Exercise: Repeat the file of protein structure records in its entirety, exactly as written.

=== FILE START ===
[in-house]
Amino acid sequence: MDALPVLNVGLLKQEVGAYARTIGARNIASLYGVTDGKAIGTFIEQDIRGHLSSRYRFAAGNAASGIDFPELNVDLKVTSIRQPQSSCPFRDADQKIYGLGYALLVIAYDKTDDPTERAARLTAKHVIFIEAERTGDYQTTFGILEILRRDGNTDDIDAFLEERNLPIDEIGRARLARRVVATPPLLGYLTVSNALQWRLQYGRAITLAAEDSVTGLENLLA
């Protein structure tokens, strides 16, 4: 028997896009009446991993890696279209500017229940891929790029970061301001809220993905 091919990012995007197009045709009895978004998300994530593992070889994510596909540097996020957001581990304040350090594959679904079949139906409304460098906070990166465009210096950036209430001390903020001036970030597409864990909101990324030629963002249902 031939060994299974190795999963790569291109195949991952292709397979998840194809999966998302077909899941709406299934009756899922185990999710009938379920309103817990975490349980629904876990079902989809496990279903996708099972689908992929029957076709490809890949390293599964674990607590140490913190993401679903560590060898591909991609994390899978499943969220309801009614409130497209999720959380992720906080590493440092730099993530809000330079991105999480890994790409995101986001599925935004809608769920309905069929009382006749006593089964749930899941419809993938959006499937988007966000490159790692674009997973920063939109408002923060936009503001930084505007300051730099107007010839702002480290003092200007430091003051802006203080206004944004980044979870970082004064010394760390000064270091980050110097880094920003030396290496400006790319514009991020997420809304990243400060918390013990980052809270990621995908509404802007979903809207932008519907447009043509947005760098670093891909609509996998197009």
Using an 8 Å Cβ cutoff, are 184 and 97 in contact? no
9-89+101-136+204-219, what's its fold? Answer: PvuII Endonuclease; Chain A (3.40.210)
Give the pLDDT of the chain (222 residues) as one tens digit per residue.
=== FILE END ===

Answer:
[in-house]
Amino acid sequence: MDALPVLNVGLLKQEVGAYARTIGARNIASLYGVTDGKAIGTFIEQDIRGHLSSRYRFAAGNAASGIDFPELNVDLKVTSIRQPQSSCPFRDADQKIYGLGYALLVIAYDKTDDPTERAARLTAKHVIFIEAERTGDYQTTFGILEILRRDGNTDDIDAFLEERNLPIDEIGRARLARRVVATPPLLGYLTVSNALQWRLQYGRAITLAAEDSVTGLENLLA
């Protein structure tokens, strides 16, 4: 028997896009009446991993890696279209500017229940891929790029970061301001809220993905 091919990012995007197009045709009895978004998300994530593992070889994510596909540097996020957001581990304040350090594959679904079949139906409304460098906070990166465009210096950036209430001390903020001036970030597409864990909101990324030629963002249902 031939060994299974190795999963790569291109195949991952292709397979998840194809999966998302077909899941709406299934009756899922185990999710009938379920309103817990975490349980629904876990079902989809496990279903996708099972689908992929029957076709490809890949390293599964674990607590140490913190993401679903560590060898591909991609994390899978499943969220309801009614409130497209999720959380992720906080590493440092730099993530809000330079991105999480890994790409995101986001599925935004809608769920309905069929009382006749006593089964749930899941419809993938959006499937988007966000490159790692674009997973920063939109408002923060936009503001930084505007300051730099107007010839702002480290003092200007430091003051802006203080206004944004980044979870970082004064010394760390000064270091980050110097880094920003030396290496400006790319514009991020997420809304990243400060918390013990980052809270990621995908509404802007979903809207932008519907447009043509947005760098670093891909609509996998197009």
Using an 8 Å Cβ cutoff, are 184 and 97 in contact? no
9-89+101-136+204-219, what's its fold? Answer: PvuII Endonuclease; Chain A (3.40.210)
Give the pLDDT of the chain (222 residues) as one tens digit per residue.